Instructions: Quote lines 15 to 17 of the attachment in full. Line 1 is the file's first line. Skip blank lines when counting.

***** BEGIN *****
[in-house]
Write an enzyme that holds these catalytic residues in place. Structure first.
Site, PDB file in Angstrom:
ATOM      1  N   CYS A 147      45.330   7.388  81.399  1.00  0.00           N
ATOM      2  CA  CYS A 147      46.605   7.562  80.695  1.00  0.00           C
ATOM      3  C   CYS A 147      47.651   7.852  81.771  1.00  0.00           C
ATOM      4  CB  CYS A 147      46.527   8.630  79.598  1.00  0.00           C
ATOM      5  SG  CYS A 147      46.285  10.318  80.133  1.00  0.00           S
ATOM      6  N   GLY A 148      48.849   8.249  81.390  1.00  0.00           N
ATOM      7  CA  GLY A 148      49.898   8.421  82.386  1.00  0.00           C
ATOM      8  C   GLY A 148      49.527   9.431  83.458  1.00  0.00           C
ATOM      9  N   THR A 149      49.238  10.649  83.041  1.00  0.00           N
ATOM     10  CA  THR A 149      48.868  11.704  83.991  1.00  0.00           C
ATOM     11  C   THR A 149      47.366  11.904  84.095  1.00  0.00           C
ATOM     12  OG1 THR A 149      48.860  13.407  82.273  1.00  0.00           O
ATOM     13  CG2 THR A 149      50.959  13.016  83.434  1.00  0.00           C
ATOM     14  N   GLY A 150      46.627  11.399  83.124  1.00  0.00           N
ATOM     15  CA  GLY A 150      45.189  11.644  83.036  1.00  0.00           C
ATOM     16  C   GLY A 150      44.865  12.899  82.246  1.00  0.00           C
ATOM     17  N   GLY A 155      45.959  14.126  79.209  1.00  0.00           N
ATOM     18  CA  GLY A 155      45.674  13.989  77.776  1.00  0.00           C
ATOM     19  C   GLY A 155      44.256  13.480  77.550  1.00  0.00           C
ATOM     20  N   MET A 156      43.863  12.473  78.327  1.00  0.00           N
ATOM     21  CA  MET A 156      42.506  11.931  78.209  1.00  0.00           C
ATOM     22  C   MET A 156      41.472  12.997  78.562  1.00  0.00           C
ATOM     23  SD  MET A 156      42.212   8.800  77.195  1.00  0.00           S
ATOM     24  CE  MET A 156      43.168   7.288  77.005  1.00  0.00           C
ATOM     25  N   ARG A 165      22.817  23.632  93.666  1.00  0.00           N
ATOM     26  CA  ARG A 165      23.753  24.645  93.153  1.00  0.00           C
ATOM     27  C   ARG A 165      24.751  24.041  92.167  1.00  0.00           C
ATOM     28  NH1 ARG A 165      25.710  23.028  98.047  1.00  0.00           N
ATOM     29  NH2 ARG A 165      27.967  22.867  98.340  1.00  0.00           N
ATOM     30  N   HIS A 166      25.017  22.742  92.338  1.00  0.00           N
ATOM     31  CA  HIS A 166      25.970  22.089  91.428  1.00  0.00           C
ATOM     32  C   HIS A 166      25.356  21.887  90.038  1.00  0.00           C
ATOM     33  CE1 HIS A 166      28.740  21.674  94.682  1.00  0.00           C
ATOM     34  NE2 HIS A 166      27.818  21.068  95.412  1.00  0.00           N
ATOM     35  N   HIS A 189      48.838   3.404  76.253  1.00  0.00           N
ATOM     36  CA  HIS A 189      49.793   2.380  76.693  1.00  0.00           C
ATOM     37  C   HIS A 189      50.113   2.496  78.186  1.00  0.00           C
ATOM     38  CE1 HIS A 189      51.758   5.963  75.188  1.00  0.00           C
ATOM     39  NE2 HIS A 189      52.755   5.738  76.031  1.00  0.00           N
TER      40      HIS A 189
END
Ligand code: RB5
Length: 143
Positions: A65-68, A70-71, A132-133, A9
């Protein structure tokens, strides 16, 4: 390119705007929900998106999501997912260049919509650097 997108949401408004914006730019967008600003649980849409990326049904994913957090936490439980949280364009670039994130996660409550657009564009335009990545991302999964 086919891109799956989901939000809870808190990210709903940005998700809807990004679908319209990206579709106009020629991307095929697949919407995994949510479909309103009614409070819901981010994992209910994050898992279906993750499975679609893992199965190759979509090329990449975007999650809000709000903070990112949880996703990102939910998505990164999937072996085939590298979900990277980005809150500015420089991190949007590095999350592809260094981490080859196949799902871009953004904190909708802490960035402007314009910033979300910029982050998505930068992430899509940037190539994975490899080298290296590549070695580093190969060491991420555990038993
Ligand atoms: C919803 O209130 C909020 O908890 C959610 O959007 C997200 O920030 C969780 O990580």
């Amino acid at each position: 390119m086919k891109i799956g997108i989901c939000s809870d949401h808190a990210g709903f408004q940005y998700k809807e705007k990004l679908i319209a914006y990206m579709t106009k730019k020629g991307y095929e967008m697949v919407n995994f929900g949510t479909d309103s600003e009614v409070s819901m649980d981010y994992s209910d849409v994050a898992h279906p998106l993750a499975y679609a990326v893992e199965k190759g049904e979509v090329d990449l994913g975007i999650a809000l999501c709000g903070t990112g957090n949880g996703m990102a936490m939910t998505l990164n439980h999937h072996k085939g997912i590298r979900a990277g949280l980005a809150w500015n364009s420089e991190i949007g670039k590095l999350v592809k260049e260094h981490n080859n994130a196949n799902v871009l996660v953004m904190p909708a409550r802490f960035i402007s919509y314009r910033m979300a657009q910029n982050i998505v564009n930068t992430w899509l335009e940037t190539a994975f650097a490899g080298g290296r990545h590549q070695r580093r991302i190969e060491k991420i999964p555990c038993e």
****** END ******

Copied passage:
ATOM     12  OG1 THR A 149      48.860  13.407  82.273  1.00  0.00           O
ATOM     13  CG2 THR A 149      50.959  13.016  83.434  1.00  0.00           C
ATOM     14  N   GLY A 150      46.627  11.399  83.124  1.00  0.00           N